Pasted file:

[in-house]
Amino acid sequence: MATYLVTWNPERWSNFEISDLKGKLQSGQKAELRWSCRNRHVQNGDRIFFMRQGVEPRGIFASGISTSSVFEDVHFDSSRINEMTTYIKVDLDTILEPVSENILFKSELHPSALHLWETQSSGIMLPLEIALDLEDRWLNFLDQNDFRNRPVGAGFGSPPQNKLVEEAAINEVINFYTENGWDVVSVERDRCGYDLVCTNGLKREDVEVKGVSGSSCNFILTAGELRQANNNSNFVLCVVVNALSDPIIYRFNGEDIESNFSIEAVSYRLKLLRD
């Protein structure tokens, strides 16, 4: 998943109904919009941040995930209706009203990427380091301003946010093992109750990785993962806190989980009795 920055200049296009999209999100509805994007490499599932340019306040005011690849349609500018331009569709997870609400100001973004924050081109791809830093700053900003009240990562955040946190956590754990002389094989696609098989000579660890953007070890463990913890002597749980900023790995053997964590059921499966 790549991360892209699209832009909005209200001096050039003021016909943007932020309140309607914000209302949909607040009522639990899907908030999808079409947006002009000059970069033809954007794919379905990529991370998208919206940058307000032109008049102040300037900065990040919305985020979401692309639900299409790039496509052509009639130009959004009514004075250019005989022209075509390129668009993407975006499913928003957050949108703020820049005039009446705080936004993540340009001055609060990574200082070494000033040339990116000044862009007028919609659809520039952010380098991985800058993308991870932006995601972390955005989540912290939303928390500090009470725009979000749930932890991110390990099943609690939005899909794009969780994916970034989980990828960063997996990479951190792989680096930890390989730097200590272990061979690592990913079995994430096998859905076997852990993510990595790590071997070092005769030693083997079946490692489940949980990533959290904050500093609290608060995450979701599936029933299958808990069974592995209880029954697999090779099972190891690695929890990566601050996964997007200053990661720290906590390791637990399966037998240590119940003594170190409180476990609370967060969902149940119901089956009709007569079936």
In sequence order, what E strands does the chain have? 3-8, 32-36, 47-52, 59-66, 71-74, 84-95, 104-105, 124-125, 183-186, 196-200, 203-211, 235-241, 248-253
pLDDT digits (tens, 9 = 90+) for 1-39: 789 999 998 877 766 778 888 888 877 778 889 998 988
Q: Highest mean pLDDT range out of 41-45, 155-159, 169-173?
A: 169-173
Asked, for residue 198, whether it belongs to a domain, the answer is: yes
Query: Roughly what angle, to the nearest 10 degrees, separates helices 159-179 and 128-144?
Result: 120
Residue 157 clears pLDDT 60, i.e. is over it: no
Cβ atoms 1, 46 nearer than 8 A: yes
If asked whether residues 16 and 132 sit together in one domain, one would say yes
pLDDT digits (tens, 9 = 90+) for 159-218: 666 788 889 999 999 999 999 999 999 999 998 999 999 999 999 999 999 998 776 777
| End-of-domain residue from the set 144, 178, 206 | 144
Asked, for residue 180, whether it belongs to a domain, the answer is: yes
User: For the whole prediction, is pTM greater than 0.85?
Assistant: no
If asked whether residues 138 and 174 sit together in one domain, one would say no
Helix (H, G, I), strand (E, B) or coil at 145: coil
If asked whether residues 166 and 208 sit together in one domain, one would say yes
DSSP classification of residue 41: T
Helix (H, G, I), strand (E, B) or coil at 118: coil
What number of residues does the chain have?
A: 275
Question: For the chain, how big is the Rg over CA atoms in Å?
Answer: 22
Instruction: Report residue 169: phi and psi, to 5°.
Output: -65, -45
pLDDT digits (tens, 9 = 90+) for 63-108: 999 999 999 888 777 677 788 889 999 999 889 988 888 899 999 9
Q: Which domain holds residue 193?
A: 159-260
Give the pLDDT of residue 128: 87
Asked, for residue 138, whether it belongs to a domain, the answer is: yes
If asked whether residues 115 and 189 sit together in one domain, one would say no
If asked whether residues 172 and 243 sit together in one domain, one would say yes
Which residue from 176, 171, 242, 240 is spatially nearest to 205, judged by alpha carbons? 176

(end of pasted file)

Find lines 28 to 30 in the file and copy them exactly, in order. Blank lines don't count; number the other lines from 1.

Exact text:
Instruction: Report residue 169: phi and psi, to 5°.
Output: -65, -45
pLDDT digits (tens, 9 = 90+) for 63-108: 999 999 999 888 777 677 788 889 999 999 889 988 888 899 999 9